From: Ed Brey (brey_at_[hidden])
Date: 2000-12-15 12:49:08
From: "Jeff Squyres" <jsquyres_at_[hidden]>
> > automagically, you still end up with multiple copies of the same file,
> > which complicates life a bit for the user and the developer.
> The user always uses the installed version. The [boost] developer (I
> assume that's what you meant) always uses the CVS version, or snapshot
The complication comes in for the combined developer-user, since he makes
changes to one copy of the file but can't use those changes without
copying the file over to the user location. Sometimes this is desirable,
if the changes are heavy enough to make the library unstable, but often it
is more convenient to always just use the latest and greatest, which
provides subjects the new code to maximal testing. Having exactly one
copy of any given file allows this with no fuss.
My experience in this regard was with STLport, which I intended to just
use, but I ended up having to put on the developer hat a little bit in the
version 4 beta days, which meant experimenting with code changes so I
could submit meaningful bug reports. It was nice to have the simplicity
of a single copy of the files to work with.
> > I agree this has the potential to be a big plus for the "make install"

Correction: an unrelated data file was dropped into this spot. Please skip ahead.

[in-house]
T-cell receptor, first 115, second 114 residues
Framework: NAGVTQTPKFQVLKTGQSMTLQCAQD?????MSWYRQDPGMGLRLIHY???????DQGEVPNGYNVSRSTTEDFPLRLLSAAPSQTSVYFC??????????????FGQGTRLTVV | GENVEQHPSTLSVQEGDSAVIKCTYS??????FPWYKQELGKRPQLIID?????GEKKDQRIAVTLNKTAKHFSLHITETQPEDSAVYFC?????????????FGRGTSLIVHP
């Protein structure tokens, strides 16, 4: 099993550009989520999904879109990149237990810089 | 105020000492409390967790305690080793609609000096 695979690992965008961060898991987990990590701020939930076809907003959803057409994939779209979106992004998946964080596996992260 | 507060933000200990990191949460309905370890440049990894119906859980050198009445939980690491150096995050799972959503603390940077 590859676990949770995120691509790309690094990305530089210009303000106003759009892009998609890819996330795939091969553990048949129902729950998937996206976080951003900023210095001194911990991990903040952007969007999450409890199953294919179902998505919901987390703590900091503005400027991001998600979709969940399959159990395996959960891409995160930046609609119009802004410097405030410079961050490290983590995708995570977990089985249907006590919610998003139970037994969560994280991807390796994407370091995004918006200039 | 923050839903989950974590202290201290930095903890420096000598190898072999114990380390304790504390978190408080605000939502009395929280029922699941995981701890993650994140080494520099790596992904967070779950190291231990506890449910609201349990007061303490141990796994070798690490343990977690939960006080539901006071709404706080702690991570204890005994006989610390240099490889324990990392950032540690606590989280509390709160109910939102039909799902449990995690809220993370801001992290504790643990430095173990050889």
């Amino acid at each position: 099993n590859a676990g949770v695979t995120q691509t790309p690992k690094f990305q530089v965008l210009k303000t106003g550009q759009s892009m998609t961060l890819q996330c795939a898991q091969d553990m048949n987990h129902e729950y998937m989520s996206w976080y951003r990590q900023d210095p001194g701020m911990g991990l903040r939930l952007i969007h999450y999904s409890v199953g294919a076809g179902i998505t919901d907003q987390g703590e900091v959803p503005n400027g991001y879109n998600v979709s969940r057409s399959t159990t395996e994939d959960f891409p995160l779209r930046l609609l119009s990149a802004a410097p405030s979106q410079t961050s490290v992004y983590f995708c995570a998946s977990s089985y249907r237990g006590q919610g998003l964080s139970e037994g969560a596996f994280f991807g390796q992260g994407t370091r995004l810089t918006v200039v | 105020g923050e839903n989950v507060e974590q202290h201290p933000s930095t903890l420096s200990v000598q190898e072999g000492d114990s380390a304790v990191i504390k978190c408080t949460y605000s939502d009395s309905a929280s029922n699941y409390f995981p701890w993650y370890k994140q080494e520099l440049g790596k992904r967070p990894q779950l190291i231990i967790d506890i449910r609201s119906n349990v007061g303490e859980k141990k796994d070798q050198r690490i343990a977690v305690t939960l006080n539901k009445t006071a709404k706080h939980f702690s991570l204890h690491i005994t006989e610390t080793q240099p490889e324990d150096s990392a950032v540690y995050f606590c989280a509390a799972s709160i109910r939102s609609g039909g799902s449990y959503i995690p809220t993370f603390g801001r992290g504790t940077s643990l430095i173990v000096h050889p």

> > method, but only if there is true value in the flexability for authors
> > to use directory structures that don't play well with end users
> > #includes. I don't see where this flexability would be useful. Can
> > you speculate on any scenarios?
> There are many other reasons why there are positive aspects for "make
> install", not just flexibility for library authors. See my original
I looked that over, and the only thing I found that looked specific to
make install was having all files in each library contained under a single
folder, which is the plus tradeoff to be weighed against having exactly
one copy of each file. The other things you mention, like having a single
source tree allow compilation for multiple platforms are good ideas, but
don't seem to hinge on a "make install" scenario that copies source files.
All that is needed is a make process that has differing destination
directories for each platform, and a way for each compiler to see the
headers and libraries. Copying isn't required here, since symlinks and
environment variables can do the job.
> But the point is -- unix system administrators like to install
> in one place when possible. I don't know how Windows sysadmins tend to
> install things (particularly w.r.t. 3rd party libraries and header
> so the same argument may not apply to the windows world.
An example of existing practice in the Windows world is Microsoft's
Platform SDK. It installs completely in its own directory, without
touching the compiler's directory structure. Include paths are used to
hook into header. The same goes for STLport. This scheme used by these
tools provide some benefits: Allows SDK to be used by multiple
languages/compilers; easy to uninstall; easier to see what to blame when
something doesn't work.
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